Nearly half of Scots support a change in the law to legalise cannabis, The Times has found in a survey.
The Times poll found that in Scotland, 47 per cent of people support the legalisation of cannabis, 10 per cent more than those opposed. Seventeen per cent said they were unsure.
When it came to political affiliation, SNP voters were the most likely to back a change in the law (59 per cent), followed by Labour supporters (45 per cent) and Liberal Democrat voters (44 per cent).
Conservative voters were least likely to support a relaxation in the laws (34 per cent).
In response to the Times' findings, the Scottish Government said: "Addressing drug-related harms continues to be a priority for this government and we are prepared to consider innovative, evidence-based approaches."
At present, cannabis is designated as a Class B drug across the UK and those found in possession face up to five years in prison.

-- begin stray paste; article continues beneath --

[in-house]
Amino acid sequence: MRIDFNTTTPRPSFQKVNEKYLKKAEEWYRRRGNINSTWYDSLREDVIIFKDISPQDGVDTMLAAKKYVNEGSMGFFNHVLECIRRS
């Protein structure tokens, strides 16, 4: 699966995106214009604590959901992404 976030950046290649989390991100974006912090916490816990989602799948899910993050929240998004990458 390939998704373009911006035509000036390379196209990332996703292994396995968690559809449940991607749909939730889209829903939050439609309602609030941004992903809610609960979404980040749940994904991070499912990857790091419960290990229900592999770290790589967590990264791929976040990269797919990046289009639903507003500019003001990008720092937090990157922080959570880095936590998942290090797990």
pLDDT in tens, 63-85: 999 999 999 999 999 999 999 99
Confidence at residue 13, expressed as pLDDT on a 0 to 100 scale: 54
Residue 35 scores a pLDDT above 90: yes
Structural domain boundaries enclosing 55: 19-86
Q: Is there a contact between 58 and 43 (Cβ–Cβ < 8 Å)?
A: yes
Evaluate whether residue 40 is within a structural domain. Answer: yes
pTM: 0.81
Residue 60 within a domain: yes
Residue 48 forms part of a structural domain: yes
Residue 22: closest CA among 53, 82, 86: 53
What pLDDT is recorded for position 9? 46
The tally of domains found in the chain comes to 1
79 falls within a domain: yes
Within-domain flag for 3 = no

But there has been a push in recent years to legalise the drug, with one of the strongest arguments in favour being that it is supposedly less harmful for users and those around them than alcohol.
Critics like Peter Hitchens argue that legalisation will exacerbate mental health problems and violent crime.
A recent study in a journal published by the American Medical Association linked smoking cannabis before the age of 18 with an increased risk of depression and suicide in adulthood.
As Home Secretary, Sajid Javid last year legalised the use of cannabis for medical purposes, allowing doctors to prescribe it for the treatment of conditions like epilepsy or chronic pain.
In another shift, plans were revealed in January for the creation of a farm in the West Country that would grow cannabis legally in the UK for the first time.
Earlier this year, Labour's David Lammy, Conservative Jonathan Djanogly and Liberal Democrat Sir Norman Lamb went on a fact-finding mission to Canada, where recreational cannabis use became legal last year.
"I want the market legalised, regulated and taken away from crime gangs," Mr Lammy said following the trip.
At the time, the Home Office refuted the claim that legalisation would break the hold of criminal gangs.
"The legalisation of these substances would not eliminate the crime committed by the illicit trade, nor would it address the harms associated with drug dependence and the misery they can cause to families and society," the spokesman told the BBC.